A naive young man falls victim to a corrupt judicial system, his family splinters and he wreaks a murderous, psychotic revenge on the society that spawned his desperate situation. Sweeney Todd, alas, is an uncomfortably relevant fable for our troubled era.

In the Ruins Courtyard of the Mill City Museum on Friday evening, Stephen Sondheim's musical played out amid the glowering casements and twisted stanchions of the Victorian flour factory, open to the darkening elements.

Central to Mill City Summer Opera's staging was a hut-like cylindrical construction, initially suggesting the ship ex-convict Sweeney debarks from in London, then flipping to the pie shop where Mrs. Lovett plies her trade, and the upstairs room where Sweeney harvests the human ingredients for her recipes. Hanging stage right was a cage from which a fresh-voiced Jeni Houser delivered Johanna's febrile "Green Finch and Linnet Bird," while on the left a giant pair of cutting shears swung upward as tenor Javier Abreu pinged his top notes feistily in Pirelli's shaving contest with Sweeney.

Vocally the show had plenty of highlights, not least mezzo Catherine Cook's contributions as Mrs. Lovett. She brought technical control and a lick of sensuality to "Wait," a tricky song to float effectively, and relished the ­climactic "A Little Priest," where the show's macabre mix of slapstick comedy and foul intent is at its most unsettling.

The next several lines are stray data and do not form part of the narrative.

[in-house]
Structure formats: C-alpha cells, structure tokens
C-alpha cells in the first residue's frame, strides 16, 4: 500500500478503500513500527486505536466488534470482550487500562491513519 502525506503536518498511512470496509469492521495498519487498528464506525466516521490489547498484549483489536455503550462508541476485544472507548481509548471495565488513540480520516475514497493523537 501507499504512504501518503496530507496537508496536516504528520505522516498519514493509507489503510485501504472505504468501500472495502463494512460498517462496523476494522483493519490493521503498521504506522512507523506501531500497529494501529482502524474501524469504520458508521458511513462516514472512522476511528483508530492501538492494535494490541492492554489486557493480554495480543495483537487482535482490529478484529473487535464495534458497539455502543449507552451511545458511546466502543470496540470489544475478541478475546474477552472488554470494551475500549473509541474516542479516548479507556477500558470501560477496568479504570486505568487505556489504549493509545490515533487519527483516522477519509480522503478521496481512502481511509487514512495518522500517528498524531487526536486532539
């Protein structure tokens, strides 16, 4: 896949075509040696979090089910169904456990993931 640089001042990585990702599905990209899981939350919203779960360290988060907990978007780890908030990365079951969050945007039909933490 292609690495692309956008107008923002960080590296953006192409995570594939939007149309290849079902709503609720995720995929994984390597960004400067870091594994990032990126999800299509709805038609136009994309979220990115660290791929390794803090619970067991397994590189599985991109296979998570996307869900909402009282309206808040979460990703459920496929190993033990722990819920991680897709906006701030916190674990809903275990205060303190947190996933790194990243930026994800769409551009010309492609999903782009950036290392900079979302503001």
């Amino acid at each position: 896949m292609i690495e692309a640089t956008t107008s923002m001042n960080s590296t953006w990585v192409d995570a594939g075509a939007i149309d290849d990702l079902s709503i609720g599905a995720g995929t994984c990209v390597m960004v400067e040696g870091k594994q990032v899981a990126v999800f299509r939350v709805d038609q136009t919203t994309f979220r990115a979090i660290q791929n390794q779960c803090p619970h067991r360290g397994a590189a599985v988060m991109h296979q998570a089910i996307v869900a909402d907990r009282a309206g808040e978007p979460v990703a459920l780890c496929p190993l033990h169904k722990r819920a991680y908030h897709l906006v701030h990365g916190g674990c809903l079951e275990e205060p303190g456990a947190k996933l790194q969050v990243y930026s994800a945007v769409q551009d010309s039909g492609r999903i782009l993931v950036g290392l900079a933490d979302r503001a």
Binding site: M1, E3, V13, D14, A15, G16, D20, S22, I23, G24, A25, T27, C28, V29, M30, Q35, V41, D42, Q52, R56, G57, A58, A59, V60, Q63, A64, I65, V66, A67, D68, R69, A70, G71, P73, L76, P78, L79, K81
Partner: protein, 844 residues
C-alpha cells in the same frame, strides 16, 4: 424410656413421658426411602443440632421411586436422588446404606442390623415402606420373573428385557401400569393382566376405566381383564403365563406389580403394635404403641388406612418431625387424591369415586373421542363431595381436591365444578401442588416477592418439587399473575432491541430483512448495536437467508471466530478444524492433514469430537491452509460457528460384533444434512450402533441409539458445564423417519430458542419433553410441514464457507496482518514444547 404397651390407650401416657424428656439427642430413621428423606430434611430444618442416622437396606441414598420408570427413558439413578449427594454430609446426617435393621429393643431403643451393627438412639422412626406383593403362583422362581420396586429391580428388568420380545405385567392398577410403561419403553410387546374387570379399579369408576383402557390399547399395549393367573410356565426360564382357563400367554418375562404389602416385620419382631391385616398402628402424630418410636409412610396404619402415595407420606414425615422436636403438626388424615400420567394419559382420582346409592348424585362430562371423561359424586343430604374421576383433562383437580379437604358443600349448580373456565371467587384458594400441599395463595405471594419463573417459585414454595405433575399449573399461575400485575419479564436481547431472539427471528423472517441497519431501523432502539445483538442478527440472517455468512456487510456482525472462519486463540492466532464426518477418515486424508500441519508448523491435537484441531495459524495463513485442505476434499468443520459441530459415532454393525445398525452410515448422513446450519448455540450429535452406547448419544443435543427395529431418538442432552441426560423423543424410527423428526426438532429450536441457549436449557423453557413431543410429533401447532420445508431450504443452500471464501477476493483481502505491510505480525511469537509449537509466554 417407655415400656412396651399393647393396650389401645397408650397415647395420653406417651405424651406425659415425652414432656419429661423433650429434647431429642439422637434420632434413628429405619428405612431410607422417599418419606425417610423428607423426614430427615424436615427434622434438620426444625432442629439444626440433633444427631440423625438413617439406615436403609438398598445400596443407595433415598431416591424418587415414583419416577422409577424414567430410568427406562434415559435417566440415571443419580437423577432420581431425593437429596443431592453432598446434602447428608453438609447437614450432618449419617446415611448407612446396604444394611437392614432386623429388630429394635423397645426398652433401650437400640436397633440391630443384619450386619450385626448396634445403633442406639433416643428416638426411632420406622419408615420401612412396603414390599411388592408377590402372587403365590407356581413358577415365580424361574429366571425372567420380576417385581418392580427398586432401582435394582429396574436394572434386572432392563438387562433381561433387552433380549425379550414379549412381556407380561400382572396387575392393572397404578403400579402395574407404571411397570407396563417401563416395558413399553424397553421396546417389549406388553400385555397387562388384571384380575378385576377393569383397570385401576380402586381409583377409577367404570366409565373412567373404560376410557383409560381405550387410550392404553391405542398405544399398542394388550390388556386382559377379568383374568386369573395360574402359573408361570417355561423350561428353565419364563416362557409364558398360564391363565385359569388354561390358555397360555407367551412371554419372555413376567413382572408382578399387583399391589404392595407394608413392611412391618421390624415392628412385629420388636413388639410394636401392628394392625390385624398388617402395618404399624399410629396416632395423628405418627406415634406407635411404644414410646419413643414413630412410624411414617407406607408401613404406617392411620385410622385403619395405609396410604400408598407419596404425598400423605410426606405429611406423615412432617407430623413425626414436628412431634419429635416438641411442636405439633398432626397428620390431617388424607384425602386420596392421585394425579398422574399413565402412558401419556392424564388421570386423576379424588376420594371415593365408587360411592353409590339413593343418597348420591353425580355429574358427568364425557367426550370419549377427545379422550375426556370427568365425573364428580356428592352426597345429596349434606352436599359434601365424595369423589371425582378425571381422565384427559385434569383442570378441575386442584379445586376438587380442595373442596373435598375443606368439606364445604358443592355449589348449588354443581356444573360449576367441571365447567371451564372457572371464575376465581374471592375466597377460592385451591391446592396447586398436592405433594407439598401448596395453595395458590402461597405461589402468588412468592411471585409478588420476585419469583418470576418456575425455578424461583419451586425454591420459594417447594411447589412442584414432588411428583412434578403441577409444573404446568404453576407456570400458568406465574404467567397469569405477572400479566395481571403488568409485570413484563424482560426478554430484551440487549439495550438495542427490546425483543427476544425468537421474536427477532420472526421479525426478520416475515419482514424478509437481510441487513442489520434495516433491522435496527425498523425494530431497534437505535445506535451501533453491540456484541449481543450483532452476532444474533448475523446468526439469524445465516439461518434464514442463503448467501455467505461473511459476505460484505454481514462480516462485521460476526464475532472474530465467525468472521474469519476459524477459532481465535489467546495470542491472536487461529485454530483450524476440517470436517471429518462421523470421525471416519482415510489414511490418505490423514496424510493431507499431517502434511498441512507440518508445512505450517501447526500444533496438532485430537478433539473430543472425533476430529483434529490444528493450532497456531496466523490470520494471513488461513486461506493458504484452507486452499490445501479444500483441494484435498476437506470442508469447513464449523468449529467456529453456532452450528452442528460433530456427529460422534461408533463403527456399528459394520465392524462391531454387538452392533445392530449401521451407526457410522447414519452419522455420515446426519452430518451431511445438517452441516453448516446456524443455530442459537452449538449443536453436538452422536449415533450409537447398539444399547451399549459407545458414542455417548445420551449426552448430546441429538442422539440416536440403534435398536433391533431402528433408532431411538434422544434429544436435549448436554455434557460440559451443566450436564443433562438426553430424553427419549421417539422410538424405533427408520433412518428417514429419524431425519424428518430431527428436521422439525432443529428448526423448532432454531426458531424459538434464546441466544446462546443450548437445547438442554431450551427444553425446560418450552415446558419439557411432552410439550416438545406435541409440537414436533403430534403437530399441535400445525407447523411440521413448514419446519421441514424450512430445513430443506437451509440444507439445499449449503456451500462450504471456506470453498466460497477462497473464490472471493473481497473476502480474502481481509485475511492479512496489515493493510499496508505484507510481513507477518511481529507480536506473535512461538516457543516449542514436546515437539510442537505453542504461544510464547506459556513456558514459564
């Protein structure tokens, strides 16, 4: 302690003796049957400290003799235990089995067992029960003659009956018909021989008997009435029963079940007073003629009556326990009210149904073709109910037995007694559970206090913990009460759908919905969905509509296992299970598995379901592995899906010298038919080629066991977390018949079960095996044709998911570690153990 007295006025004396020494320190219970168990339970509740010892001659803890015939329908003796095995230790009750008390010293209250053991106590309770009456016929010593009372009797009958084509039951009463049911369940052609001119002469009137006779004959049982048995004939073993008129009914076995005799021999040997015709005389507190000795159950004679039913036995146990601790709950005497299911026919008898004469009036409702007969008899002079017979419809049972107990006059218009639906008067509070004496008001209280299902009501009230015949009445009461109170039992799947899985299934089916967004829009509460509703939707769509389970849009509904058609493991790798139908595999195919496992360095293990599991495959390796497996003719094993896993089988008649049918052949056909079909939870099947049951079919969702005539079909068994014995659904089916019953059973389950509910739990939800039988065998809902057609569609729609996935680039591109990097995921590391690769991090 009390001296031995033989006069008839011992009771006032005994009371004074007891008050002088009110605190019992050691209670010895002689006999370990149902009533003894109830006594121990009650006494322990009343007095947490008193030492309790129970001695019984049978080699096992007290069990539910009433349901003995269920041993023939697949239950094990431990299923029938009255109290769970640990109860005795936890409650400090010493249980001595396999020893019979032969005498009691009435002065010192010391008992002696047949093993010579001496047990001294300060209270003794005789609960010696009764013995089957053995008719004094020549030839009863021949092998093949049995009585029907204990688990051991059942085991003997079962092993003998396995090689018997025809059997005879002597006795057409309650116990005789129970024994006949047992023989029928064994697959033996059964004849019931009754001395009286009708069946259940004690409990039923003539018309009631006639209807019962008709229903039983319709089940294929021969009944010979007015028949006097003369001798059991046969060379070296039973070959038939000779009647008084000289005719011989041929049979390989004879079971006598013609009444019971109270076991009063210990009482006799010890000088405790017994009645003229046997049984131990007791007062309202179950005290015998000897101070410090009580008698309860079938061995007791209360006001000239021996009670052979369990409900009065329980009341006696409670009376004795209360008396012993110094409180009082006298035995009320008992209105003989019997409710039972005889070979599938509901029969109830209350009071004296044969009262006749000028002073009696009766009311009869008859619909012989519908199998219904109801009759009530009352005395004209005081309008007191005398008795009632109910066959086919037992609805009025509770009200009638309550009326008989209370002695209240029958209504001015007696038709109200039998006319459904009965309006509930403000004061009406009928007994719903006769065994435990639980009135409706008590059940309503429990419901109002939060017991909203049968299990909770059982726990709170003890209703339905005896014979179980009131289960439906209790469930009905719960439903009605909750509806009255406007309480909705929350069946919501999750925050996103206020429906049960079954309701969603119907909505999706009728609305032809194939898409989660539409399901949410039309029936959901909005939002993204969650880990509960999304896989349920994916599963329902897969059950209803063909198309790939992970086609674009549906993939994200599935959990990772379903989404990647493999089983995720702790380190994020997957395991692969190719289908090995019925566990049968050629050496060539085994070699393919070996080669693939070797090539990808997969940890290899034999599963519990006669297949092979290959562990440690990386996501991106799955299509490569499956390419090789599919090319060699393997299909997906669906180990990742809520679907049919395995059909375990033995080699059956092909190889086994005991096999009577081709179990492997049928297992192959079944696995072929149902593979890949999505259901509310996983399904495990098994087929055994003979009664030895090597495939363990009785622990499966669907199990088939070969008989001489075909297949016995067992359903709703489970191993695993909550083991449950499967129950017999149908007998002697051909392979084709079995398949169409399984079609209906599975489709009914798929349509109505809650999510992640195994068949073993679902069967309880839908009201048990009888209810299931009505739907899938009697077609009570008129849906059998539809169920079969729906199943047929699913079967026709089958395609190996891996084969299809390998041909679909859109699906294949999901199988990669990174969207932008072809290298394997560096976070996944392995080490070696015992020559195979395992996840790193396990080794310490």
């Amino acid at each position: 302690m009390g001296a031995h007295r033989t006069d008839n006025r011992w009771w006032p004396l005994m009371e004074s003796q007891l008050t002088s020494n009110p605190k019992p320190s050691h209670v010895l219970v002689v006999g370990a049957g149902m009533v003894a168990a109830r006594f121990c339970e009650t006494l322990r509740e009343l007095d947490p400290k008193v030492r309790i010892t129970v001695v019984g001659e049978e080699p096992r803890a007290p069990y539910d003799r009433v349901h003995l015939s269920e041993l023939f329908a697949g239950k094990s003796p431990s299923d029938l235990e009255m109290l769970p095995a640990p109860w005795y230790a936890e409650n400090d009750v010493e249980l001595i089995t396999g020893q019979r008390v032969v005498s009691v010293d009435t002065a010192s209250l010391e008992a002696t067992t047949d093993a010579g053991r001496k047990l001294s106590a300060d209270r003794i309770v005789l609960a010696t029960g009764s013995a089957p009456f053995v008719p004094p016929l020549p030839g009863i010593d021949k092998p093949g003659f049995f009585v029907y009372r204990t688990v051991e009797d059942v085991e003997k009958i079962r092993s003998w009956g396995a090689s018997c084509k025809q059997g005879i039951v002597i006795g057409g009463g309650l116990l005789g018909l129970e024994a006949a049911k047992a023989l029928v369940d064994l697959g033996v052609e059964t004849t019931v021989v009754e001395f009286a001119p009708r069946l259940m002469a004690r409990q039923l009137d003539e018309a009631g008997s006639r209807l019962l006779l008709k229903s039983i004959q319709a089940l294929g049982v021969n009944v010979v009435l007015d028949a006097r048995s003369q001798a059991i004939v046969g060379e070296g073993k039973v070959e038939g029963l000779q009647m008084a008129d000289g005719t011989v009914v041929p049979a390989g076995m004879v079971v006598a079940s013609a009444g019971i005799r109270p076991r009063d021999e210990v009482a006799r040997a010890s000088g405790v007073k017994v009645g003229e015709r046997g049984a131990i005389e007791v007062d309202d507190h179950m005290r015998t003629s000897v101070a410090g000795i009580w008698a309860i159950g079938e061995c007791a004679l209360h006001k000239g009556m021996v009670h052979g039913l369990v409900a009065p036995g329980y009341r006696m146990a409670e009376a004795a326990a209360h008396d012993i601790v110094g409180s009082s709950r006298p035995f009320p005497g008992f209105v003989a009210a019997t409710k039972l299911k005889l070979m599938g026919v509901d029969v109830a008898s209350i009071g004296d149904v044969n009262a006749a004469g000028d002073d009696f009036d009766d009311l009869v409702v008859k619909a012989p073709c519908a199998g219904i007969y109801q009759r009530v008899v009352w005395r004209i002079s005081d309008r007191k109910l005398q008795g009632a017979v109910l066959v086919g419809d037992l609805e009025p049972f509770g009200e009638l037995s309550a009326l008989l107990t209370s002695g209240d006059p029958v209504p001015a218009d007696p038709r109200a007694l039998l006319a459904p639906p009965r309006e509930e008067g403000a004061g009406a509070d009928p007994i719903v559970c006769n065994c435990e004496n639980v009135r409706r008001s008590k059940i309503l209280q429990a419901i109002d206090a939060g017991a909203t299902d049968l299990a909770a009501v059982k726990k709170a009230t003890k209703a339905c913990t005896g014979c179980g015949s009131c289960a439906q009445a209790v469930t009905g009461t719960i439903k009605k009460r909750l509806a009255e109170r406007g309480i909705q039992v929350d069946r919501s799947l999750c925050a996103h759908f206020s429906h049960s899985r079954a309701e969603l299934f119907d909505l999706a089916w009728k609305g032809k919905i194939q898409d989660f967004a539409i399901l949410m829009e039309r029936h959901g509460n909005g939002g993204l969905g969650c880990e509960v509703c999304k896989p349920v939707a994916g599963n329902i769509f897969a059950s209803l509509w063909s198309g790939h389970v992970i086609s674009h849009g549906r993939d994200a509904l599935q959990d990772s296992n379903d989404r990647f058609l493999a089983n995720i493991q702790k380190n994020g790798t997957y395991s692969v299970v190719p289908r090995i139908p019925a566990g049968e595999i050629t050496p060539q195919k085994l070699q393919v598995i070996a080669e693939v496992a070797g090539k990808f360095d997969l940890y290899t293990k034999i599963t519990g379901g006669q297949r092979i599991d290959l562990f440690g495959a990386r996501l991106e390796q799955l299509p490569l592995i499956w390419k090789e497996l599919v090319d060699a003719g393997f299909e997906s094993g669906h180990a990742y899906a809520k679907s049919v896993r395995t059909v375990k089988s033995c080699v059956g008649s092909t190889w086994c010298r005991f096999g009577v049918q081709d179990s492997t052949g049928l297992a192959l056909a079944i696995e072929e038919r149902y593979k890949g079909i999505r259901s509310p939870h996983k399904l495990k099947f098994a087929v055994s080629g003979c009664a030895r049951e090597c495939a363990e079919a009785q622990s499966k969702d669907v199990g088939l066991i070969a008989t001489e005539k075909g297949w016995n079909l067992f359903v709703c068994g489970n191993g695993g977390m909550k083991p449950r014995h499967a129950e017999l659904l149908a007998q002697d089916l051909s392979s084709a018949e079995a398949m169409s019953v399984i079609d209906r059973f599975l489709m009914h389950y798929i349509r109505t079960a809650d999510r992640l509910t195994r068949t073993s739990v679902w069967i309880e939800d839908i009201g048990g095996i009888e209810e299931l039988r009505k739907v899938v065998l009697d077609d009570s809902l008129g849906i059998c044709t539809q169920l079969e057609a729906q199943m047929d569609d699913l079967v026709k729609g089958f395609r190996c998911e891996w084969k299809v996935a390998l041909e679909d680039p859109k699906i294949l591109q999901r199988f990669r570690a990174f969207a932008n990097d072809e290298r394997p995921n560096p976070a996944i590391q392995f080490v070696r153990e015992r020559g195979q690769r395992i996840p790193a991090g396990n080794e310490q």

The dark side hollered balefully in soprano Emily Pulley's half-crazed Beggar Woman, and in the apocalyptic "City on Fire" sequence, where the hardworking ensemble singers morph into Sondheim's scuttling team of lunatics freed from Bedlam.

Sweeney himself was baritone Robert Orth, a haggard, careworn presence from the outset, whose tender, vulnerable rendition of "A Barber and his Wife" made clear why history continues to haunt him. Exactly where his slasher instincts come from isn't quite as obvious in director David Lefkowich's somewhat internalized conception of the character: This Sweeney boils within but never terrifies the audience with raw glimpses of his poisoned ideology.

A similar restraint informs Jake Gardner's firmly voiced Judge Turpin, whose momentary self-flagellation provides a rare clue to the sexual predations he is prone to.

The band, perched on a narrow scaffold platform, played punchily under the excellently paced direction of Brian DeMaris. They turned the screw effectively on Sondheim's sizzling music; on stage, despite powerful episodes, this was ultimately a "Sweeney" where the grip of evil never fully tightened.

Terry Blain is a Twin Cities-based classical music critic.